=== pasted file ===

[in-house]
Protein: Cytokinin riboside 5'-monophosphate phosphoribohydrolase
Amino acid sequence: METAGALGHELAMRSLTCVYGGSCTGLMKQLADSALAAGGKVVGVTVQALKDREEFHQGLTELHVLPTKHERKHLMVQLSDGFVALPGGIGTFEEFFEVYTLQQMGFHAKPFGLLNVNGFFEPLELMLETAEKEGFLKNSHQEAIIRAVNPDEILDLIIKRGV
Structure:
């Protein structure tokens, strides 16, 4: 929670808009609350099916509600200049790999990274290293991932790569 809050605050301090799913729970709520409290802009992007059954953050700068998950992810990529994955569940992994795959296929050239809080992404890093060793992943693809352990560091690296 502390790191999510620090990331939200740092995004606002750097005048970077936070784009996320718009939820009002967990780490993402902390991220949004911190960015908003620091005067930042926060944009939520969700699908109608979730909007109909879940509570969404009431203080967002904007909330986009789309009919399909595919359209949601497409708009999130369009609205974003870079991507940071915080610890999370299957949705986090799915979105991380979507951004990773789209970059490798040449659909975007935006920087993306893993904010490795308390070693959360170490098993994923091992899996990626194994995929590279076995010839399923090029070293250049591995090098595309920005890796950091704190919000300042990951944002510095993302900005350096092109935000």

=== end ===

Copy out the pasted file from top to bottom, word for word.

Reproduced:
[in-house]
Protein: Cytokinin riboside 5'-monophosphate phosphoribohydrolase
Amino acid sequence: METAGALGHELAMRSLTCVYGGSCTGLMKQLADSALAAGGKVVGVTVQALKDREEFHQGLTELHVLPTKHERKHLMVQLSDGFVALPGGIGTFEEFFEVYTLQQMGFHAKPFGLLNVNGFFEPLELMLETAEKEGFLKNSHQEAIIRAVNPDEILDLIIKRGV
Structure:
């Protein structure tokens, strides 16, 4: 929670808009609350099916509600200049790999990274290293991932790569 809050605050301090799913729970709520409290802009992007059954953050700068998950992810990529994955569940992994795959296929050239809080992404890093060793992943693809352990560091690296 502390790191999510620090990331939200740092995004606002750097005048970077936070784009996320718009939820009002967990780490993402902390991220949004911190960015908003620091005067930042926060944009939520969700699908109608979730909007109909879940509570969404009431203080967002904007909330986009789309009919399909595919359209949601497409708009999130369009609205974003870079991507940071915080610890999370299957949705986090799915979105991380979507951004990773789209970059490798040449659909975007935006920087993306893993904010490795308390070693959360170490098993994923091992899996990626194994995929590279076995010839399923090029070293250049591995090098595309920005890796950091704190919000300042990951944002510095993302900005350096092109935000």